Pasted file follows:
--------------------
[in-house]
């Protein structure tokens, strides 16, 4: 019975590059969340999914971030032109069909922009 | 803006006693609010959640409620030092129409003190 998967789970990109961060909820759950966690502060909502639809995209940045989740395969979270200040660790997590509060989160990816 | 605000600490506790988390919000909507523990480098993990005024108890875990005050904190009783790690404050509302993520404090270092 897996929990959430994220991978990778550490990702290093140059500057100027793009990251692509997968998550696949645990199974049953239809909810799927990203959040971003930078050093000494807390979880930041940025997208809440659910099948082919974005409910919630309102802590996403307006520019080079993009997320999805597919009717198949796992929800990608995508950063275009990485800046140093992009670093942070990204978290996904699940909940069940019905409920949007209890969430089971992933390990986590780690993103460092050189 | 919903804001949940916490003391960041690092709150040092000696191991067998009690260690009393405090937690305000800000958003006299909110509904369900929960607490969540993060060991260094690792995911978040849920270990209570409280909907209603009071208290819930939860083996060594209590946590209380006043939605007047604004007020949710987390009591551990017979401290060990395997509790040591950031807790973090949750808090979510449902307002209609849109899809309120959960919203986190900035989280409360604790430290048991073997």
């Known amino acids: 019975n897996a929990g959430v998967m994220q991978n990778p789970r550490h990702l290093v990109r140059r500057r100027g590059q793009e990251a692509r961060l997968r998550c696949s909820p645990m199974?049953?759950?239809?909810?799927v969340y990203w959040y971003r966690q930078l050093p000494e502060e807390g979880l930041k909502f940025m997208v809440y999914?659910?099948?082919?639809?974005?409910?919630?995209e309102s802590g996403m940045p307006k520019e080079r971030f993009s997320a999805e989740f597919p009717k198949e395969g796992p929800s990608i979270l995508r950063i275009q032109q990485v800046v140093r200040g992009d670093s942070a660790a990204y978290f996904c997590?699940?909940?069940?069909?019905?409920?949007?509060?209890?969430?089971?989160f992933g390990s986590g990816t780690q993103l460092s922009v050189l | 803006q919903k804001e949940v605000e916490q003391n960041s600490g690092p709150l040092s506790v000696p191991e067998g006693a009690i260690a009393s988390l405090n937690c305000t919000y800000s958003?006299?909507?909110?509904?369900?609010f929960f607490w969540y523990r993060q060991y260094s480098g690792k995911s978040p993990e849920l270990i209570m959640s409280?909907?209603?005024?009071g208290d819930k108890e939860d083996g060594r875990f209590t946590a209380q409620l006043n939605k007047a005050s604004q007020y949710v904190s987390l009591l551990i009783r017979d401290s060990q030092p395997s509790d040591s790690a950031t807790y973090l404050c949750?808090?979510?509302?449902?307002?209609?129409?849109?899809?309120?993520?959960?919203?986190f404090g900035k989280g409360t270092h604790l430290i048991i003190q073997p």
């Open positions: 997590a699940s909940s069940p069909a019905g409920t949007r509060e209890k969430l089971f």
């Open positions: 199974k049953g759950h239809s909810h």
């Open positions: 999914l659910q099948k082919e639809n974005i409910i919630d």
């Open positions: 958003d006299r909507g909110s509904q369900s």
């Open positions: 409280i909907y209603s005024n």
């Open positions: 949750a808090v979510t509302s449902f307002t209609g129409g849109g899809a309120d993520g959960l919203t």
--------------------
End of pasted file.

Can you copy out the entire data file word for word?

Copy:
[in-house]
């Protein structure tokens, strides 16, 4: 019975590059969340999914971030032109069909922009 | 803006006693609010959640409620030092129409003190 998967789970990109961060909820759950966690502060909502639809995209940045989740395969979270200040660790997590509060989160990816 | 605000600490506790988390919000909507523990480098993990005024108890875990005050904190009783790690404050509302993520404090270092 897996929990959430994220991978990778550490990702290093140059500057100027793009990251692509997968998550696949645990199974049953239809909810799927990203959040971003930078050093000494807390979880930041940025997208809440659910099948082919974005409910919630309102802590996403307006520019080079993009997320999805597919009717198949796992929800990608995508950063275009990485800046140093992009670093942070990204978290996904699940909940069940019905409920949007209890969430089971992933390990986590780690993103460092050189 | 919903804001949940916490003391960041690092709150040092000696191991067998009690260690009393405090937690305000800000958003006299909110509904369900929960607490969540993060060991260094690792995911978040849920270990209570409280909907209603009071208290819930939860083996060594209590946590209380006043939605007047604004007020949710987390009591551990017979401290060990395997509790040591950031807790973090949750808090979510449902307002209609849109899809309120959960919203986190900035989280409360604790430290048991073997």
């Known amino acids: 019975n897996a929990g959430v998967m994220q991978n990778p789970r550490h990702l290093v990109r140059r500057r100027g590059q793009e990251a692509r961060l997968r998550c696949s909820p645990m199974?049953?759950?239809?909810?799927v969340y990203w959040y971003r966690q930078l050093p000494e502060e807390g979880l930041k909502f940025m997208v809440y999914?659910?099948?082919?639809?974005?409910?919630?995209e309102s802590g996403m940045p307006k520019e080079r971030f993009s997320a999805e989740f597919p009717k198949e395969g796992p929800s990608i979270l995508r950063i275009q032109q990485v800046v140093r200040g992009d670093s942070a660790a990204y978290f996904c997590?699940?909940?069940?069909?019905?409920?949007?509060?209890?969430?089971?989160f992933g390990s986590g990816t780690q993103l460092s922009v050189l | 803006q919903k804001e949940v605000e916490q003391n960041s600490g690092p709150l040092s506790v000696p191991e067998g006693a009690i260690a009393s988390l405090n937690c305000t919000y800000s958003?006299?909507?909110?509904?369900?609010f929960f607490w969540y523990r993060q060991y260094s480098g690792k995911s978040p993990e849920l270990i209570m959640s409280?909907?209603?005024?009071g208290d819930k108890e939860d083996g060594r875990f209590t946590a209380q409620l006043n939605k007047a005050s604004q007020y949710v904190s987390l009591l551990i009783r017979d401290s060990q030092p395997s509790d040591s790690a950031t807790y973090l404050c949750?808090?979510?509302?449902?307002?209609?129409?849109?899809?309120?993520?959960?919203?986190f404090g900035k989280g409360t270092h604790l430290i048991i003190q073997p």
């Open positions: 997590a699940s909940s069940p069909a019905g409920t949007r509060e209890k969430l089971f």
């Open positions: 199974k049953g759950h239809s909810h």
């Open positions: 999914l659910q099948k082919e639809n974005i409910i919630d």
């Open positions: 958003d006299r909507g909110s509904q369900s």
């Open positions: 409280i909907y209603s005024n």
């Open positions: 949750a808090v979510t509302s449902f307002t209609g129409g849109g899809a309120d993520g959960l919203t």